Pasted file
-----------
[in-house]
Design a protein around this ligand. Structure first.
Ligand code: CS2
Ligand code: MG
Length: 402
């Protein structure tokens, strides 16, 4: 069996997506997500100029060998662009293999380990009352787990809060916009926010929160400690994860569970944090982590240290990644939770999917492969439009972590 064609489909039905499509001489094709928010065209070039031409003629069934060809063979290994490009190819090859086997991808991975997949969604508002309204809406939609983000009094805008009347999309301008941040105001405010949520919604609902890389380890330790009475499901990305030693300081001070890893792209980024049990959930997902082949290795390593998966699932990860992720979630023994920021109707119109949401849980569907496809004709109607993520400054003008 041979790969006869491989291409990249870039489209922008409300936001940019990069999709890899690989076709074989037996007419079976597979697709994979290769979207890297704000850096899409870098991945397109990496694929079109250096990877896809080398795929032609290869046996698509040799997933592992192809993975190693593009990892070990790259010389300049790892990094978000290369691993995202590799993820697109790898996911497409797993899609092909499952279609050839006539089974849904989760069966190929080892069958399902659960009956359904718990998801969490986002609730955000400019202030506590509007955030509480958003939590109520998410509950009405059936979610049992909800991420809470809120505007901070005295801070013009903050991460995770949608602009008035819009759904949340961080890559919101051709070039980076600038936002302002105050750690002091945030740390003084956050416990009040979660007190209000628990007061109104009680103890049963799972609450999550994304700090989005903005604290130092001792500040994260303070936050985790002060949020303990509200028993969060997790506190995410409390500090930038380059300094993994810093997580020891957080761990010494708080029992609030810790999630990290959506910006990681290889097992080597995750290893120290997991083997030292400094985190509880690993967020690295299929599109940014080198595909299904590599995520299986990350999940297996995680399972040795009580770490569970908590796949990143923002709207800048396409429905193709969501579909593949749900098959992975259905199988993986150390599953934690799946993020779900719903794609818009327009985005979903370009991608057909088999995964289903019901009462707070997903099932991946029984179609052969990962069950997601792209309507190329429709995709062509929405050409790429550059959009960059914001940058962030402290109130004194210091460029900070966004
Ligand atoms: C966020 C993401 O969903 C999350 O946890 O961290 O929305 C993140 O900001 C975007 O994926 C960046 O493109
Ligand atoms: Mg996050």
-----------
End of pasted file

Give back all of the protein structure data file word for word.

[in-house]
Design a protein around this ligand. Structure first.
Ligand code: CS2
Ligand code: MG
Length: 402
């Protein structure tokens, strides 16, 4: 069996997506997500100029060998662009293999380990009352787990809060916009926010929160400690994860569970944090982590240290990644939770999917492969439009972590 064609489909039905499509001489094709928010065209070039031409003629069934060809063979290994490009190819090859086997991808991975997949969604508002309204809406939609983000009094805008009347999309301008941040105001405010949520919604609902890389380890330790009475499901990305030693300081001070890893792209980024049990959930997902082949290795390593998966699932990860992720979630023994920021109707119109949401849980569907496809004709109607993520400054003008 041979790969006869491989291409990249870039489209922008409300936001940019990069999709890899690989076709074989037996007419079976597979697709994979290769979207890297704000850096899409870098991945397109990496694929079109250096990877896809080398795929032609290869046996698509040799997933592992192809993975190693593009990892070990790259010389300049790892990094978000290369691993995202590799993820697109790898996911497409797993899609092909499952279609050839006539089974849904989760069966190929080892069958399902659960009956359904718990998801969490986002609730955000400019202030506590509007955030509480958003939590109520998410509950009405059936979610049992909800991420809470809120505007901070005295801070013009903050991460995770949608602009008035819009759904949340961080890559919101051709070039980076600038936002302002105050750690002091945030740390003084956050416990009040979660007190209000628990007061109104009680103890049963799972609450999550994304700090989005903005604290130092001792500040994260303070936050985790002060949020303990509200028993969060997790506190995410409390500090930038380059300094993994810093997580020891957080761990010494708080029992609030810790999630990290959506910006990681290889097992080597995750290893120290997991083997030292400094985190509880690993967020690295299929599109940014080198595909299904590599995520299986990350999940297996995680399972040795009580770490569970908590796949990143923002709207800048396409429905193709969501579909593949749900098959992975259905199988993986150390599953934690799946993020779900719903794609818009327009985005979903370009991608057909088999995964289903019901009462707070997903099932991946029984179609052969990962069950997601792209309507190329429709995709062509929405050409790429550059959009960059914001940058962030402290109130004194210091460029900070966004
Ligand atoms: C966020 C993401 O969903 C999350 O946890 O961290 O929305 C993140 O900001 C975007 O994926 C960046 O493109
Ligand atoms: Mg996050």